How to Compost Food Waste and Yard Waste
Food Waste makes up more than 25% of the average US household’s garbage. By composting or using a worm bin, you can convert your kitchen and yard waste into a rich soil enhancer. Kitchen scraps should go in a worm bin, and yard scraps should be composted outside. This guide is an introduction to the benefits of composting, how to establish a worm bin and compost pile, how to build a compost bin, troubleshooting tips for successful composting, and creative ideas for composting decor and design.
The Benefits of Composting
Composting is simply controlling the natural decomposition of organic material such as leaves, grass clippings, prunings, and fruit and vegetable scraps. This decomposition happens with the help of oxygen-using microorganisms that transform these materials into compost, a nutrient-rich soil enhancer. Composting has many benefits:
- Diverts valuable organic materials from the landfill or incinerator
- Conserves water by helping the soil hold more moisture
- Improves soil health and fertility
- Saves money by reducing the need to purchase fertilizers and soil amendments
- Helps prevent erosion
Kitchen Scraps and Worm Bins
Worm composting is an easy and low maintenance way to turn your kitchen scraps into rich compost. You can do it in any loft, apartment, condominium or home. All the worms require is a moist, dark home with a comfortable temperature and plenty of vegetable and fruit matter for food. A worm bin under the kitchen sink or in the basement will do the trick. Outdoor worm bins are a possibility, but they need to be sturdy and large so the worms can stay cozy in the winter.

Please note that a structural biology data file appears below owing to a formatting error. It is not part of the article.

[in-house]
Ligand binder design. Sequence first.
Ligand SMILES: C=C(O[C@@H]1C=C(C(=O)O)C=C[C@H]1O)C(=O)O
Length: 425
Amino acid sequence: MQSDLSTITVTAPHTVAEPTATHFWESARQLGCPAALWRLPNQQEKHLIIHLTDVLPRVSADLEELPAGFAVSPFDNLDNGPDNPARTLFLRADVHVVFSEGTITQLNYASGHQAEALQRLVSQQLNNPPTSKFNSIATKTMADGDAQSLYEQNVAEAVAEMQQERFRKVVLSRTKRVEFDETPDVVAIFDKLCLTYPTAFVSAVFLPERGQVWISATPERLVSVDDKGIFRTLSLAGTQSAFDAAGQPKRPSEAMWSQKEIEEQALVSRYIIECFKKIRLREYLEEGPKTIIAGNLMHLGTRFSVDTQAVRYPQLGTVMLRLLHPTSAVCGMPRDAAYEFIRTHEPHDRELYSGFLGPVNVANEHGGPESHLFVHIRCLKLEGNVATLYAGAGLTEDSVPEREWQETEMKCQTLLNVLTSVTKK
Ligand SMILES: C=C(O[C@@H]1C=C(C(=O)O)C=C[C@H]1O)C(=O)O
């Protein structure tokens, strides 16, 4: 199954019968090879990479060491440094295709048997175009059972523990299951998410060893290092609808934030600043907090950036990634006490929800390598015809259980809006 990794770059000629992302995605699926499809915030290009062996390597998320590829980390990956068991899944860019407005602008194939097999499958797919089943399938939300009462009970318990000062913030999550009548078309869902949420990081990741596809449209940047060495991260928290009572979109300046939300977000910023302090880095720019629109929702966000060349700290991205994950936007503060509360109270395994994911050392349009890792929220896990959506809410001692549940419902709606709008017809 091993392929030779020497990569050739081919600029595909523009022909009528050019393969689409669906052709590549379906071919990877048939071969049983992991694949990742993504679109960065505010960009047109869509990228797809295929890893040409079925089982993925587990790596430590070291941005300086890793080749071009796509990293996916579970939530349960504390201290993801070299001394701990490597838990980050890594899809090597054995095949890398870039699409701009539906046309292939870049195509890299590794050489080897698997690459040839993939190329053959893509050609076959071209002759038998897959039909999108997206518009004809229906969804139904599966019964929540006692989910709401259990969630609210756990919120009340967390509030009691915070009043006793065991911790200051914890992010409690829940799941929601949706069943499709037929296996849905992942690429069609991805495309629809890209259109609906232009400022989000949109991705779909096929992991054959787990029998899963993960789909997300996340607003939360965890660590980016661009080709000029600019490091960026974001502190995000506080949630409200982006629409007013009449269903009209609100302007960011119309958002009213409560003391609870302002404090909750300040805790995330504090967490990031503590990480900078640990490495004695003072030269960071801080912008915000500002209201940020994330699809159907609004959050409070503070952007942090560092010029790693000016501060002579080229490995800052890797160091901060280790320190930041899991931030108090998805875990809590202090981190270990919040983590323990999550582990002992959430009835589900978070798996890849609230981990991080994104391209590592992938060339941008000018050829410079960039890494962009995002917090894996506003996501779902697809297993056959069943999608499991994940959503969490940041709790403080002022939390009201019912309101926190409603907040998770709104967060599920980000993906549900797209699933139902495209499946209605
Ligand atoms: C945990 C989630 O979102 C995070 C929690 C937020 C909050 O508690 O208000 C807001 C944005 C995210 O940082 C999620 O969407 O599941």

Composting saves you money by reducing the need to purchase fertilizers and soil amendments.
What to put in a Worm Bin
- Vegetable scraps
- Fruit scraps
- Coffee grounds and filters
- Tea bags
- Egg shells
- Grains and bread
Grains and bread are difficult to break down, so compost them in small quantities.
Yard Waste and Compost Bins or Compost Piles
To start a compost pile, you simply need a space in your backyard and a receptacle for the compost. Outdoor compost bins are easy to make out of wood, scrap pallets, wire fencing, fence boards, or barrels. Hay bales, mud blocks, and even bricks can be used as composter walls.
Another option is to insert five-foot-high branches into the ground in a three- or four-foot-diameter circle. Space the branches three inches apart to let in air but hold the pile securely, or space them four or more inches apart and weave grapevines or willow branches through them for a more secure structure that hides the contents.
Compost piles that are larger than 5 feet by 5 feet may not allow enough air to reach the center.
You can make an enclosed composter by drilling air holes in a barrel or any other attractive plastic container. Remember that the ideal composter size is three or four feet high and wide to allows for a critical mass of organics and biology. If your bin is smaller, insulate it to keep the biology cooking, and add worms.
What to Compost in a Compost Pile
- Grass clippings
- Leaves, plant stalks and hedge trimmings
- Annual weeds without seed heads
- Old potting soil and plants
- Twigs or wood chips
- Manure from poultry or livestock
- Egg Shells
- Shredded Newspaper
Newspaper is difficult to break down, so compost it in small quantities. Turn your compoast pile weekly to increase air circulation and accelerate the natural decomposition process.
Troubleshooting Common Problems with Compost Bins and Compost Piles
- If you experience a fruit fly problem indoors, your compost container is probably not airtight. Ensure it has a tight-fitting lid that gets sealed shut.